Stages for a successful electric car go-to-market model
Because electric cars (EVs) have traditionally been considered niche products, many OEMs have focused their go-to-market (GTM) strategies on a limited, tech-savvy sector of automotive buyers. Then, just as electric mobility was taking off and sales were picking up in a number of places across the world, COVID-19 struck. There are several concerns regarding how the coronavirus can damage the worldwide EV industry. The answer will differ depending on where you live. China’s EV market is driven by regulation and customer incentives, and the central government extended purchase subsidies by two years in March 2020. In Europe, policymakers and industry stakeholders prefer incentives to promote clean powertrains.
The upcoming difficulties
Many difficulties await the EV market’s expansion, but few stand out. A scalable GTM model for electric cars for sale in san diego, in particular, must incorporate new rules that may impact competitiveness, customer base, infrastructure, and the business case for the profitability of these cars.
The regulatory framework
Most automotive manufacturers have ambitious EV-growth goals in response to more stringent CO2 legislation and the predicted substantial fines for noncompliance: OEMs have announced the release of more than 600 new EV models by 2025, 1, and competition is expected to increase as more new companies enter the market. Increasing new EV sales will be a tough undertaking, and OEMs may struggle to make money if governments cut EV subsidies.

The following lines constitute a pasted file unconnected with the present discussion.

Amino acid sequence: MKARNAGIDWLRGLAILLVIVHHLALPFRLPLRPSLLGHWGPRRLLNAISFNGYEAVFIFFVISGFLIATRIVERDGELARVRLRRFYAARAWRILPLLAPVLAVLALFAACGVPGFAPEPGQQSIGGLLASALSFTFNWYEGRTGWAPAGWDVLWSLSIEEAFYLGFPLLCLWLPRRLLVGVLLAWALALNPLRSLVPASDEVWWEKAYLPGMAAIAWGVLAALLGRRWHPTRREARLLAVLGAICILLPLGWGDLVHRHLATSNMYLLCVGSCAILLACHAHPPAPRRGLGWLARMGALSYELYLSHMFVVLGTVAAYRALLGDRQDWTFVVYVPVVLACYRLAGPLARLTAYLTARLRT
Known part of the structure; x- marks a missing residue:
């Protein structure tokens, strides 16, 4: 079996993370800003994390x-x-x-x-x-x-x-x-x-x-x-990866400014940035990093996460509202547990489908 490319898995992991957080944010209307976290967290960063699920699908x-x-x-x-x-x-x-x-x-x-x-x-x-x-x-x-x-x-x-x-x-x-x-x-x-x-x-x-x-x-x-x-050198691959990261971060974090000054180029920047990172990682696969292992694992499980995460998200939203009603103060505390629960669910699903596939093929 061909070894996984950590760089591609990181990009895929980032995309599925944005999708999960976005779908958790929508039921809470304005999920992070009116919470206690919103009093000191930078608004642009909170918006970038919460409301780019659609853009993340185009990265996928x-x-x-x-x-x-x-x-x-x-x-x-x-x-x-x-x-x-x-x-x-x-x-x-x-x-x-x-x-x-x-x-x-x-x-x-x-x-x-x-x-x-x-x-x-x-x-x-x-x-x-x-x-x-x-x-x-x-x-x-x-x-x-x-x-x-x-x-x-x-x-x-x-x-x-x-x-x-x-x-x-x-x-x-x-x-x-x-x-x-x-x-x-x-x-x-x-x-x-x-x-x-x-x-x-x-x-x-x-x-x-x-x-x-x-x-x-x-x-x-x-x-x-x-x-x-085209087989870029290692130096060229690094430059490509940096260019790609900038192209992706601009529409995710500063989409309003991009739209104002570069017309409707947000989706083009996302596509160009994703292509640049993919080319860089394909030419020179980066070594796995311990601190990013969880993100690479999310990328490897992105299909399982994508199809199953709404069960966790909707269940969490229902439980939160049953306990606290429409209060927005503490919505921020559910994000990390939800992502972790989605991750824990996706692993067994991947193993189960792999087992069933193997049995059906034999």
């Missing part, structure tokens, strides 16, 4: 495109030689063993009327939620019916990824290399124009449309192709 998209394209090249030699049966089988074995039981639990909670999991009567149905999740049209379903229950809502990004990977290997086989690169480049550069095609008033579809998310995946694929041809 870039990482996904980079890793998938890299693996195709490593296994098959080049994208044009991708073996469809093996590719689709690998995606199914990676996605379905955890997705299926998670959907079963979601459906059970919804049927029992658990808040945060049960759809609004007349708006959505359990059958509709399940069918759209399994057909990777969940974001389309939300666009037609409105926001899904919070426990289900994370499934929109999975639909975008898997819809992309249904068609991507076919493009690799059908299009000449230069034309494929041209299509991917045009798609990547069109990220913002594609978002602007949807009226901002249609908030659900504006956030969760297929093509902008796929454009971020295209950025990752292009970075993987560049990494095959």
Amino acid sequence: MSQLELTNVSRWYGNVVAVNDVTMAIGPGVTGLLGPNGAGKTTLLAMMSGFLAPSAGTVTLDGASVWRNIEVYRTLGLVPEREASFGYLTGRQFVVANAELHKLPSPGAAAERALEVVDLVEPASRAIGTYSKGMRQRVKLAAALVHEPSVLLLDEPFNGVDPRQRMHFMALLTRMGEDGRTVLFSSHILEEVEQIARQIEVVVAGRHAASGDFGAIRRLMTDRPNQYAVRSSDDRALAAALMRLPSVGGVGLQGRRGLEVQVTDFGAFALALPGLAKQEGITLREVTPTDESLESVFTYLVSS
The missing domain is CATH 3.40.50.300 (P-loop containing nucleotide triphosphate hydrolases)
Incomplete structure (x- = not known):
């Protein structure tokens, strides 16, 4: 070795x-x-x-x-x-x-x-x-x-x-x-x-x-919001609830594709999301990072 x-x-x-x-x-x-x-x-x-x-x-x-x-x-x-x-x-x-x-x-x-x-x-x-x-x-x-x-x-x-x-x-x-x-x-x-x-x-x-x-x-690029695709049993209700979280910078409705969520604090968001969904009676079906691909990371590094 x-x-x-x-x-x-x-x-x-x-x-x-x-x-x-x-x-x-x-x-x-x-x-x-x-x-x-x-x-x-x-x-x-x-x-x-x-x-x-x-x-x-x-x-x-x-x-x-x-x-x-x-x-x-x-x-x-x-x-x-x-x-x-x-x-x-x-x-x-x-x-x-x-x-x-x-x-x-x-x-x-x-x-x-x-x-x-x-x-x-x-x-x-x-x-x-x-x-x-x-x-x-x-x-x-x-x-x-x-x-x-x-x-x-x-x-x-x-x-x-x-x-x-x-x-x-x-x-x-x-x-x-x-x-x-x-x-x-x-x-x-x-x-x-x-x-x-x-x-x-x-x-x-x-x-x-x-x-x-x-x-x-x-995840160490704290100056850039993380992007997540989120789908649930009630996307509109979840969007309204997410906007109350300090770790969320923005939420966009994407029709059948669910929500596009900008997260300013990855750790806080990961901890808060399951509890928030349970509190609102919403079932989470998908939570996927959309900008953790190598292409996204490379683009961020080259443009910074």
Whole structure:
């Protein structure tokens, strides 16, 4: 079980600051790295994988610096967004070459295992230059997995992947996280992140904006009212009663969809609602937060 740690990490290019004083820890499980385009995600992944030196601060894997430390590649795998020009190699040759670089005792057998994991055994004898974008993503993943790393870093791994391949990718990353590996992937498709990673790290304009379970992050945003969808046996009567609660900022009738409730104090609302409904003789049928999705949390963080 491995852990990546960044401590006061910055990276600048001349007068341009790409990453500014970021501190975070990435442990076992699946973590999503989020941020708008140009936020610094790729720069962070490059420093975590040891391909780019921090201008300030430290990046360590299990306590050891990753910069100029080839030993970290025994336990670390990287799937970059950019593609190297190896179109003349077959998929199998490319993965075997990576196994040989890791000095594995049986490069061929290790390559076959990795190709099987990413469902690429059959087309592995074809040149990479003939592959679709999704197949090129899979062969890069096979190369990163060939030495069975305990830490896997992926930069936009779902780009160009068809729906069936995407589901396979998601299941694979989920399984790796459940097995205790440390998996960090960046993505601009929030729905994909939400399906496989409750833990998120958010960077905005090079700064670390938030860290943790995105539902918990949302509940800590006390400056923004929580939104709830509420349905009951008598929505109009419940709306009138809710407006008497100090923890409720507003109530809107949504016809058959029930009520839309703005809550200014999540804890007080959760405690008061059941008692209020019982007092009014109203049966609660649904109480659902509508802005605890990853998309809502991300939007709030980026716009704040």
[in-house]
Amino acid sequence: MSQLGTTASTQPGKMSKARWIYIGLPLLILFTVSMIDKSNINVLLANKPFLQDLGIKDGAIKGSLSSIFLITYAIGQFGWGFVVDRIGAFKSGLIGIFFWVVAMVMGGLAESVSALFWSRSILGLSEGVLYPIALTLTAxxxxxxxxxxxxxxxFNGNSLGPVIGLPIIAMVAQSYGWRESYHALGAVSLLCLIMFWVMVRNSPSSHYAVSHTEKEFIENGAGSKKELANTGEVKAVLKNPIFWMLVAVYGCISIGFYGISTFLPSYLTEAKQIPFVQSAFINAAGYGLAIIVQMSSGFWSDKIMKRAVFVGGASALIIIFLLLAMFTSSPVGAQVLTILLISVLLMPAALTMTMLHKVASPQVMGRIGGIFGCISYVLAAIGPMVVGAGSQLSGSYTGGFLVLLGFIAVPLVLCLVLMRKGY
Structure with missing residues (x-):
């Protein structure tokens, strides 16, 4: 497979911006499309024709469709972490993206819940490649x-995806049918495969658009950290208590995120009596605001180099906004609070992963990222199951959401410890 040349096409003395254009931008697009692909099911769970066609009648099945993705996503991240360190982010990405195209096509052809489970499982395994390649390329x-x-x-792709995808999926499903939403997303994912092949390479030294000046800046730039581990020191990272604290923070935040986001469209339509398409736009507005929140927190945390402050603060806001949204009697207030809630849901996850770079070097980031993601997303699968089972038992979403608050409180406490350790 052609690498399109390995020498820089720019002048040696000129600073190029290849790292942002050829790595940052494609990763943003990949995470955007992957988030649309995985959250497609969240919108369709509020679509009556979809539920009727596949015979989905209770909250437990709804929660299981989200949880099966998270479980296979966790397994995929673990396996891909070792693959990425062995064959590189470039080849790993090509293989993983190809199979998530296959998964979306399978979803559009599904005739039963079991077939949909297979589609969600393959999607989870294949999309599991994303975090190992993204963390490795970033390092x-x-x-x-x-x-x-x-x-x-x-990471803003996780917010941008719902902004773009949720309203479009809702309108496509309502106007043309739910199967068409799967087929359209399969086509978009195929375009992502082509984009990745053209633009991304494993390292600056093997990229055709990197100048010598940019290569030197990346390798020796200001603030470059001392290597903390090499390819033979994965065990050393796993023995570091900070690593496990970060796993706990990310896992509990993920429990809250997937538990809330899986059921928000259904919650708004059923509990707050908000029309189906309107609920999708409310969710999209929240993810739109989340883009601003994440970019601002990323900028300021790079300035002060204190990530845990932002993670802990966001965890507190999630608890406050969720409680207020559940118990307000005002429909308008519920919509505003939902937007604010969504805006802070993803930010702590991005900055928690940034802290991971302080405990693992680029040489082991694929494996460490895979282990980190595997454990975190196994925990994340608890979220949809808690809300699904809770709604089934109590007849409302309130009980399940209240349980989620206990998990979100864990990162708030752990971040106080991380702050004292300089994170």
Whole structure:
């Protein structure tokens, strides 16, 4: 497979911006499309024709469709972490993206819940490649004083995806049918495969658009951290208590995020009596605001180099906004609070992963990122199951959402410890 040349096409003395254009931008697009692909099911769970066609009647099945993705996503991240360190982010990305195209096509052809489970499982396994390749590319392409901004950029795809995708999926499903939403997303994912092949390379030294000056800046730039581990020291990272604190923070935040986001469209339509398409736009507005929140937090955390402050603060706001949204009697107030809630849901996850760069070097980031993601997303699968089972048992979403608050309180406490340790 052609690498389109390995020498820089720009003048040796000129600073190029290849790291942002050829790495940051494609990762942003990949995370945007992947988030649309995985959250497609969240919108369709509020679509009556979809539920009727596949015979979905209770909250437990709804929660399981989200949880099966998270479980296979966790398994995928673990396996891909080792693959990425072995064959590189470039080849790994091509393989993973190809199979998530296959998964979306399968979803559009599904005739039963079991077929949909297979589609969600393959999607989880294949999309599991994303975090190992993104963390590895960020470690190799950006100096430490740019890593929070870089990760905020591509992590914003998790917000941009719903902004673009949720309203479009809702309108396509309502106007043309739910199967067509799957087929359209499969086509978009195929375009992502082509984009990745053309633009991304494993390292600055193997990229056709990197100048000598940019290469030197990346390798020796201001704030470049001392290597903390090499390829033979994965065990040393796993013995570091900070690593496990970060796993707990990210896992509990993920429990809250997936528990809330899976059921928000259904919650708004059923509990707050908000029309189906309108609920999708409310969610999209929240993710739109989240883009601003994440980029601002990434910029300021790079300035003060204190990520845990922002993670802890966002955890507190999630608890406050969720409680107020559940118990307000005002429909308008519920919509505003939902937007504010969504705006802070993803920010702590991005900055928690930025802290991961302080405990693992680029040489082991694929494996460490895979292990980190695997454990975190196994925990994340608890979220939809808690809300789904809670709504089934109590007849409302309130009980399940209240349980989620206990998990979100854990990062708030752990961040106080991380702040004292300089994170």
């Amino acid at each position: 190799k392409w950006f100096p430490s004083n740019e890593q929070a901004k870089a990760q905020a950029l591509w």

According to the 2019 EV Consumer Survey, customers in the world’s three major automobile marketplaces, Germany, and the U.s. cautious. While many individuals contemplate buying electric vehicles (36 to 80 percent of automobile purchasers, depending on the industry), just a small percentage do so (2 to 5 percent). This hesitancy is mirrored in OEMs’ low levels of “EV sales readiness,” as documented in McKinsey’s 2019 EV Secret Shopping survey, which disclosed the core difficulties posed OEMs that sell EVs: their in-store demonstration, the availability of test drives, and sales collaborators’ EV knowledge and processes.
The infrastructure for electric vehicles
The EV infrastructure is inadequate in terms of charging. The network of charging stations, especially fast-charging stations, is limited. Battery quality, charging time, and restricted availability to chargers are the top three issues for potential EV consumers, accounting for 38% of all problems mentioned. The deployment of charging infrastructure is growing, yet there is no integrated, frictionless, or appealing solution available due to the market’s fragmentation. Manufacturers should take the lead in this area.
Long delivery delays for EV parts, particularly for EV batteries, pose issues, as does a failure to appropriately plan for EV after-sales services.